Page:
Therefore, this Special Issue welcomes any novel exciting research on microplastics occurrence in aquatic environments, with a special focus on the impact they might have on the ecosystem and biota, including their transfer through the food web and possible implications for human health. Studies exploring innovative methodologies for the characterization and quantification of microplastics in environmental matrices and biota, as well as for their elimination or for the mitigation of their harmfulness, or focusing on natural biodegradable materials that can replace plastics, are also welcome.

Dr. Tiziana Cappello
Prof. Dr. Mohamed Banni
Guest Editors

Manuscript Submission Information

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Keywords

  • microplastics
  • nanoplastics
  • bioplastics
  • microplastic-adsorbed contaminants
  • aquatic organisms
  • transfer through the food web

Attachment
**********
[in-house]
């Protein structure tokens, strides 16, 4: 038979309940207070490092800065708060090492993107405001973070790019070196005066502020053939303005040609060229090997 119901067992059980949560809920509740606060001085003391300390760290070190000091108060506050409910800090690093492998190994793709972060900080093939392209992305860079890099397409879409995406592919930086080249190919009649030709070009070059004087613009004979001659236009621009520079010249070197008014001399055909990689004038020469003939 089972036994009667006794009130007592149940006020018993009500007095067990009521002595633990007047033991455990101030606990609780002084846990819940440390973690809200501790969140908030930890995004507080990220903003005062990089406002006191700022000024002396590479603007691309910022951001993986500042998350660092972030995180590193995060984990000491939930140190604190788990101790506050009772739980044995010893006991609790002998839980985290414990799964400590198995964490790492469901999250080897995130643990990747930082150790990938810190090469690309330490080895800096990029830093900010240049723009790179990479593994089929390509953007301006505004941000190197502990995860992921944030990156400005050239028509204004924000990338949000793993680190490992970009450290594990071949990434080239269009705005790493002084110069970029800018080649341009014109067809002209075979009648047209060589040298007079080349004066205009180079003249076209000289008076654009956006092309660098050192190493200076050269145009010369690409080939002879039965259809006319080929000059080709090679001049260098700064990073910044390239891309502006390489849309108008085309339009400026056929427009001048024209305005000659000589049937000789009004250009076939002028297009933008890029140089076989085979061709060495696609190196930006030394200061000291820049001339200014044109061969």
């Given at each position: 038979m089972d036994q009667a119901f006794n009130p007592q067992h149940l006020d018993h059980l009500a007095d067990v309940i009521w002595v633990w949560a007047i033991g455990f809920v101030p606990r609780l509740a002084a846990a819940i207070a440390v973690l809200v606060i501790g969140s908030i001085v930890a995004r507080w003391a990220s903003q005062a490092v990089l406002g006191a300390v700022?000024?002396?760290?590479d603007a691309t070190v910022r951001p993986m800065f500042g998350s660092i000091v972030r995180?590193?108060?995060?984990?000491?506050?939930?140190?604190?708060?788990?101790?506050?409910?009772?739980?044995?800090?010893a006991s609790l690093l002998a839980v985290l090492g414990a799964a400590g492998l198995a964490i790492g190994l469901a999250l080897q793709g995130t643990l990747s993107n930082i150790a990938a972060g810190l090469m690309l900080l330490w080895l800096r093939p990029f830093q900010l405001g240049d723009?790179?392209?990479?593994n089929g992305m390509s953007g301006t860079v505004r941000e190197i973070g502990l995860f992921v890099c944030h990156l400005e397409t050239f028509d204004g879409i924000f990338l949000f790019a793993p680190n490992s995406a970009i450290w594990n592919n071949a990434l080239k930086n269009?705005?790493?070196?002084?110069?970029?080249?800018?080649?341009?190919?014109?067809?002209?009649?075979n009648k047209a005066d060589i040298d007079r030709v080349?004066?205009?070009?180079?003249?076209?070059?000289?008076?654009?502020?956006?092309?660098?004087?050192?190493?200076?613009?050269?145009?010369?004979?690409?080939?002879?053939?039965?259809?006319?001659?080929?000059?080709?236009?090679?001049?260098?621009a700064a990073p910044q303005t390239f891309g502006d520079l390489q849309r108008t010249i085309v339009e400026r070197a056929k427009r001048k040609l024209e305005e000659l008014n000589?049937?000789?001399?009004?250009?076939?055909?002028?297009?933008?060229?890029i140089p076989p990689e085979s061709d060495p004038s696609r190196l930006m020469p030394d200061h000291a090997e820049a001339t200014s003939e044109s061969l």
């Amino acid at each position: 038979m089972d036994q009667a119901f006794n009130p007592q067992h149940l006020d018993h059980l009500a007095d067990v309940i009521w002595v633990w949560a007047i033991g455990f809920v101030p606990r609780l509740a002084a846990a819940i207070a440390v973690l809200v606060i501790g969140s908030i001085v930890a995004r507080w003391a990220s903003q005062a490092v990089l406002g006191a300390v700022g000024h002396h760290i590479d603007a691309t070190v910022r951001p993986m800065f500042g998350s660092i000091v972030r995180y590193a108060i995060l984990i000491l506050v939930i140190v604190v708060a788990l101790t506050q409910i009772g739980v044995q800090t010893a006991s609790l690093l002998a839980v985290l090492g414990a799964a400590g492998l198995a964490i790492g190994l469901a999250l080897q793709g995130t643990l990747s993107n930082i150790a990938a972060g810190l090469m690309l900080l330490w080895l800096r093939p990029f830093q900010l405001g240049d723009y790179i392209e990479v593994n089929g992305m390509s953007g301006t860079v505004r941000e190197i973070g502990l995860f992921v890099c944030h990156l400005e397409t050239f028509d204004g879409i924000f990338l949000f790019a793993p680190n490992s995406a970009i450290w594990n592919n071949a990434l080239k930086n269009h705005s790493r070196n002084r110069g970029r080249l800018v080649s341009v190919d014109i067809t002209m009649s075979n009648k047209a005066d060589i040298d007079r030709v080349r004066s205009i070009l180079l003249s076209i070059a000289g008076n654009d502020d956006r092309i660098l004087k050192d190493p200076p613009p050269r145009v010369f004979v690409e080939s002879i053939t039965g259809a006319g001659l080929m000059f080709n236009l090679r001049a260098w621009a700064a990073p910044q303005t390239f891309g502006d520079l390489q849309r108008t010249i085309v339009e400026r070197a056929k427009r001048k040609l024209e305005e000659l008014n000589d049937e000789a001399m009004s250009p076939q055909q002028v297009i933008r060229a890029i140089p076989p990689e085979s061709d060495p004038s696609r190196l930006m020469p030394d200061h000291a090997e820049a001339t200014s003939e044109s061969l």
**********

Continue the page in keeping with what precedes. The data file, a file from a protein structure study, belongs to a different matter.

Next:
• analytic techniques
  • environmental risk assessment
  • ecosystem and human health
  • biomarkers and -omics approaches

Published Papers (4 papers)

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Research

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10 pages, 2121 KiB  
Article
Microplastics in Sediments of East Surabaya, Indonesia: Regional Characteristics and Potential Risks
by Achmad Chusnun Ni’am, Fahir Hassan, Ruei-Feng Shiu and Jheng-Jie Jiang
Int. J. Environ. Res. Public Health 2022, 19(19), 12348; https://doi.org/10.3390/ijerph191912348 - 28 Sep 2022
Cited by 19 | Viewed by 2346
Abstract
The presence of microplastics (MPs) in marine environments has become increasingly apparent. Owing to the lack of effective solid waste management, Indonesia is the second largest producer of ocean plastic waste after China. Currently, information about pollution of MPs in the sediments of [...] Read more.